Jewish History

, Volume 27, Issue 2–4, pp 271–297 | Cite as

Hasidism and the Habsburg Empire, 1788–1867

  • Rachel ManekinEmail author


This article discusses the attitude of the Habsburg empire towards hasidim in Galicia during the years 1788–1867. It is based on a range of laws regarding hasidim, including the private minyanim (prayer groups) laws. The main argument of the article is that hasidim, like all other Jews, enjoyed the Austrian policy of religious toleration, and could perform all their religious rituals and customs so long as they did not contravene civil law. The examples cited in the article, almost all based on newly discovered archival documents, demonstrate the failure of efforts, such as that of the maskil Yehudah Leib Mieses, to define Hasidism as Religionsschwärmerei (religious enthusiasm), and thus to prohibit hasidim from petitioning for a license to set up private minyanim. Other examples show that the Austrian imperial authorities rebuked some district authorities for wrongly detaining hasidic leaders, finding it necessary to explain the correct interpretation of the law to local officials who had misapplied it. Hasidim in Galicia were familiar with the law and quickly learned to protest when their rights had been violated. Contrary to Raphael Mahler’s claim, the story of government treatment of hasidim in Galicia was not one of persecution, but one that involved enforcement of civil law on the one hand, and the policy of religious toleration on the other.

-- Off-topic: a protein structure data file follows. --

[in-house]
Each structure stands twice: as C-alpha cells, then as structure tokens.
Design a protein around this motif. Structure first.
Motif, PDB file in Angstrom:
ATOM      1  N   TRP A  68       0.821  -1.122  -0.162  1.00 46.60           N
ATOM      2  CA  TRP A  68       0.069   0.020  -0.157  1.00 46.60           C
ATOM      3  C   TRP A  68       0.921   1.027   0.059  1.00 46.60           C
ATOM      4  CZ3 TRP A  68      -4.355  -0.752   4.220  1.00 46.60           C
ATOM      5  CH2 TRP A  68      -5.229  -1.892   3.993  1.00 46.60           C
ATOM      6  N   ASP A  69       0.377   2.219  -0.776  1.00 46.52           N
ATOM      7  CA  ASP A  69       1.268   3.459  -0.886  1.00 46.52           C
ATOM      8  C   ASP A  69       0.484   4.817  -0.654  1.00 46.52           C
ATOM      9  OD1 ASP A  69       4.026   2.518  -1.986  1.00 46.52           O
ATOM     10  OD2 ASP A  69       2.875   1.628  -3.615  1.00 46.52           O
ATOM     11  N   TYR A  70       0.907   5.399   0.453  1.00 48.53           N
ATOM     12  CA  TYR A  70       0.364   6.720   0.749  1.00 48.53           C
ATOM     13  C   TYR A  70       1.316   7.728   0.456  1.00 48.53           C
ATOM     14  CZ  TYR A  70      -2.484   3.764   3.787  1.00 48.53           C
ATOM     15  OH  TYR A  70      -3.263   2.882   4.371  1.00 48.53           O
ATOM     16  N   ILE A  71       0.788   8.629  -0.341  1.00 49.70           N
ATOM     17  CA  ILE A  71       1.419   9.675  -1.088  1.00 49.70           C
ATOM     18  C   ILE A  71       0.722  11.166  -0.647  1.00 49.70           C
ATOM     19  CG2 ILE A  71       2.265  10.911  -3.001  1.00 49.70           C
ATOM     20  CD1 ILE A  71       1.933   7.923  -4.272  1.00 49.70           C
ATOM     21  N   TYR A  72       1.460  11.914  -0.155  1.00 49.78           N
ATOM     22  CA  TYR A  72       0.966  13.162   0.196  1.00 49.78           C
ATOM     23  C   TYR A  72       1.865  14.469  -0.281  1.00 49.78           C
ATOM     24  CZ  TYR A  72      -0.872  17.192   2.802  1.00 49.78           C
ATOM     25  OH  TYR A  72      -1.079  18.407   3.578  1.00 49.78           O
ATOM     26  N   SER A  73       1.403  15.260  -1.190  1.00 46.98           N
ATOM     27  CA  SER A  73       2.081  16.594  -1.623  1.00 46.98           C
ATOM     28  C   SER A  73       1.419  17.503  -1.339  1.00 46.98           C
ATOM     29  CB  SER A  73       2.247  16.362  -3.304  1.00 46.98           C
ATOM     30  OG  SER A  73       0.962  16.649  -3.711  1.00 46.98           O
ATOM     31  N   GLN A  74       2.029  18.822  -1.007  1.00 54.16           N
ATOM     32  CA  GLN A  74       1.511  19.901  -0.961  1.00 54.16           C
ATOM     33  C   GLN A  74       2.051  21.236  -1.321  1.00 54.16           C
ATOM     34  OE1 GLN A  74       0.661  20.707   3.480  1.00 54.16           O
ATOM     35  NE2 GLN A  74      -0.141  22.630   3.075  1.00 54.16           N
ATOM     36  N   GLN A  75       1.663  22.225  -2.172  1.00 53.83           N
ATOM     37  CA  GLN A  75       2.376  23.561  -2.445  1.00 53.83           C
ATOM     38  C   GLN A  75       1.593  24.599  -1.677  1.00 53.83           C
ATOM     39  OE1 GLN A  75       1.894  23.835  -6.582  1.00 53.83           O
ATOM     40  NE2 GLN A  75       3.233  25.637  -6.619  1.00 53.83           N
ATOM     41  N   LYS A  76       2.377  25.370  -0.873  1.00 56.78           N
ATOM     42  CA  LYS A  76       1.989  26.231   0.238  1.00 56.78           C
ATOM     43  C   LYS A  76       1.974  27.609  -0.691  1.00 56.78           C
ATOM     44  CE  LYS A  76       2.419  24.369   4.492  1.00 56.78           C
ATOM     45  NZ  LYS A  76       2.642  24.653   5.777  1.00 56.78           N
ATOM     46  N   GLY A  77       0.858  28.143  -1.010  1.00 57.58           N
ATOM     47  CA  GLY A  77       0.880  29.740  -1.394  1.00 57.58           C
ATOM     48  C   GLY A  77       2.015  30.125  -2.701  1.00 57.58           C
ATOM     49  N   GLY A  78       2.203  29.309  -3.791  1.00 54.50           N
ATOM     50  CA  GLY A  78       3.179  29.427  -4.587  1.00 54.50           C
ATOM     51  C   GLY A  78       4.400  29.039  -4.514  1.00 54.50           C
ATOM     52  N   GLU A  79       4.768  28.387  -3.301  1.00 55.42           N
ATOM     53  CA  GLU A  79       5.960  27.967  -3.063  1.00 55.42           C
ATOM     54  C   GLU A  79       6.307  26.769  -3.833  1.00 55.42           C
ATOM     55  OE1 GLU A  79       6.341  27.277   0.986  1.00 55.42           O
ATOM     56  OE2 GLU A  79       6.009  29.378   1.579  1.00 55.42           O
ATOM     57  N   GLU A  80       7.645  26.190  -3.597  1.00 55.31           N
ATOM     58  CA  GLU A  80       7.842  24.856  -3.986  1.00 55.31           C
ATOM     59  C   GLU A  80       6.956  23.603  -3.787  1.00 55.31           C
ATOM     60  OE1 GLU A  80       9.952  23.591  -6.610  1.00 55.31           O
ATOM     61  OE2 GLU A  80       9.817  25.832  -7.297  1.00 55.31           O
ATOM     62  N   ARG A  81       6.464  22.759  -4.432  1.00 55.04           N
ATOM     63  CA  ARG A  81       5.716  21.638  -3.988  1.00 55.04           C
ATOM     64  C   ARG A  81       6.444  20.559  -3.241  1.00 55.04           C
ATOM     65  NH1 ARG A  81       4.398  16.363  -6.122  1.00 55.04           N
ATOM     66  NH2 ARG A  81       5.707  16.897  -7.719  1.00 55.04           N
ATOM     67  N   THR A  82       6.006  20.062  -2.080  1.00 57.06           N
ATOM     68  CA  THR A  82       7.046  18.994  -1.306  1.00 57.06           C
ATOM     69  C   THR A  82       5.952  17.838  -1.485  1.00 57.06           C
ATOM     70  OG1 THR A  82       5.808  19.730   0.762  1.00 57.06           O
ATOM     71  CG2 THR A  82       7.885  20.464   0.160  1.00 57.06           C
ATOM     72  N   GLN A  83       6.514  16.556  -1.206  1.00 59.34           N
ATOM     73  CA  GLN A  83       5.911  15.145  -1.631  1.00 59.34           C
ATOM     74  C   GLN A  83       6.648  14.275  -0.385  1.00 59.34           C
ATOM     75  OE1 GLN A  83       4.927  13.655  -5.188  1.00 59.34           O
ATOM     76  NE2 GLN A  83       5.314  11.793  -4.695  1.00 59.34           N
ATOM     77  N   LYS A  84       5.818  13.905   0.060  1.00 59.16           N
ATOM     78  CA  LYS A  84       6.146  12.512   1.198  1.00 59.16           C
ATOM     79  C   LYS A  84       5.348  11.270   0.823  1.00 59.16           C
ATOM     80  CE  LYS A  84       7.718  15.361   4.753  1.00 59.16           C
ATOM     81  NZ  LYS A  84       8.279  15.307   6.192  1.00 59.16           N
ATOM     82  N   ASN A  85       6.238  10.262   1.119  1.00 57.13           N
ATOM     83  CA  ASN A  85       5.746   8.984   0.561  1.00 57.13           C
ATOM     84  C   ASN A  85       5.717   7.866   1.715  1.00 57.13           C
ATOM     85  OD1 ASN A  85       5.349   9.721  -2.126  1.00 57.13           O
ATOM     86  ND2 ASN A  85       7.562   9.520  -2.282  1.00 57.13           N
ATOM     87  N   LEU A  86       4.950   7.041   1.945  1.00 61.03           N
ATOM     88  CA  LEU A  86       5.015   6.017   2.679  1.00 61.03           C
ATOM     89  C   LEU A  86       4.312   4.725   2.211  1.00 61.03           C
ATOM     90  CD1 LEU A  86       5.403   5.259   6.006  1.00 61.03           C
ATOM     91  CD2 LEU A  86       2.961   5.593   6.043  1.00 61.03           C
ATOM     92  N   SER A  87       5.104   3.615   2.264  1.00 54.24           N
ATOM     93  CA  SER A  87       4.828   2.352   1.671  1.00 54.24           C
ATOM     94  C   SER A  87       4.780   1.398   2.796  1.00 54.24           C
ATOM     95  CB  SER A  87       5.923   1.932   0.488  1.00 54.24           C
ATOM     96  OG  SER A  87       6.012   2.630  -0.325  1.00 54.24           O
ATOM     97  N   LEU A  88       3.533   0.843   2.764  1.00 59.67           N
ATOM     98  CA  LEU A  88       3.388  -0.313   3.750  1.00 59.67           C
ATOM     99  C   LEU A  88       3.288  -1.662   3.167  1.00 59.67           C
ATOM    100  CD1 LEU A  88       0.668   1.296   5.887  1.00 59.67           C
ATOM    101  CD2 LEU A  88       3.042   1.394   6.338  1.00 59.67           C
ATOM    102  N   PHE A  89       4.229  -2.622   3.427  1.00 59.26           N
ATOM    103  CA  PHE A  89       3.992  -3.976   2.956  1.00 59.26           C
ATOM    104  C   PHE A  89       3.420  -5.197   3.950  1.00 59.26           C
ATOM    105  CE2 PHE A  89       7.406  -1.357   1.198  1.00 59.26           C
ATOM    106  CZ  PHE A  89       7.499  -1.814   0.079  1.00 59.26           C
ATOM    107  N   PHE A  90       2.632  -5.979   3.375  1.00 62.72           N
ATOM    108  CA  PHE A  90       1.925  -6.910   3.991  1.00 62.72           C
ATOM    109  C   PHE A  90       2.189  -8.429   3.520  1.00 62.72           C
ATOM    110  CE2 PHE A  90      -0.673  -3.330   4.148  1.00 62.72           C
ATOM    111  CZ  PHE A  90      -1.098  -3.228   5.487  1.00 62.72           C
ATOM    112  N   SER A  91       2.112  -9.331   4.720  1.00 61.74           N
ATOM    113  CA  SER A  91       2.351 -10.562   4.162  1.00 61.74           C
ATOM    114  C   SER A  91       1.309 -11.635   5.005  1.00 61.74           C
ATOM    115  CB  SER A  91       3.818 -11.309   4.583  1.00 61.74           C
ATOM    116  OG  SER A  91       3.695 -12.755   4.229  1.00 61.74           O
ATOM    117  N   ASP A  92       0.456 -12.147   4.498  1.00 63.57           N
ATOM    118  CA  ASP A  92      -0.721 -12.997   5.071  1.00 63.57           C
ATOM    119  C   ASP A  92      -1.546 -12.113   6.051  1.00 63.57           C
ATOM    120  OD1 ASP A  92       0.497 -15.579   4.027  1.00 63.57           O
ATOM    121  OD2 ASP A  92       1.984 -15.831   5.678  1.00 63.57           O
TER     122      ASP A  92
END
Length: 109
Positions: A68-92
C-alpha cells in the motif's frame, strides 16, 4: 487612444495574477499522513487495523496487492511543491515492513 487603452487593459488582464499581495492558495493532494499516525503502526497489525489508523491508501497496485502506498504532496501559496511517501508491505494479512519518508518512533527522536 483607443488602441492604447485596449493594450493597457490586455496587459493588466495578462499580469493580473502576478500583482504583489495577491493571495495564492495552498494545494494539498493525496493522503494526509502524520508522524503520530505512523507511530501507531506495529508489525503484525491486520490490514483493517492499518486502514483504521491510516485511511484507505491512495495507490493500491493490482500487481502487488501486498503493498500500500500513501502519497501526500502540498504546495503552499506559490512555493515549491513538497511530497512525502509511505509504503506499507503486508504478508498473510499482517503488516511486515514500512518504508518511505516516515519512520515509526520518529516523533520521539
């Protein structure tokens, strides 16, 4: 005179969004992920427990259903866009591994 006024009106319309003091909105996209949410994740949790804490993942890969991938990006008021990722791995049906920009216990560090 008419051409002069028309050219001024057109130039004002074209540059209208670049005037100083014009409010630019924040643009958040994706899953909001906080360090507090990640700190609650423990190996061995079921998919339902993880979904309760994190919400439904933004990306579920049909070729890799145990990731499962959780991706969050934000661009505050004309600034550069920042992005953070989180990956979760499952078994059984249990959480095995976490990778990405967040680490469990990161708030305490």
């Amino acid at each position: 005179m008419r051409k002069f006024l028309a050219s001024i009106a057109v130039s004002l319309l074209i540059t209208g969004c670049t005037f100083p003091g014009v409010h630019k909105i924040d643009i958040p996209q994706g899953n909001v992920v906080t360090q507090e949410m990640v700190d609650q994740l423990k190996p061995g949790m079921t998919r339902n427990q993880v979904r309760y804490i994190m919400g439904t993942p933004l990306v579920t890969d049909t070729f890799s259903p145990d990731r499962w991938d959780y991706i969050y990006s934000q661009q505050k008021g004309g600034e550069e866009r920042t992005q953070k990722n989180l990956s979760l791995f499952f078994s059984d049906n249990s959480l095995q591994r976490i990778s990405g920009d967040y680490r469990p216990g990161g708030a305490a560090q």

Hasidism Eastern Europe Galicia Habsburg empire Political history Religious toleration 


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Copyright information

© Springer Science+Business Media Dordrecht 2013

Authors and Affiliations

  1. 1.University of MarylandCollege ParkUSA

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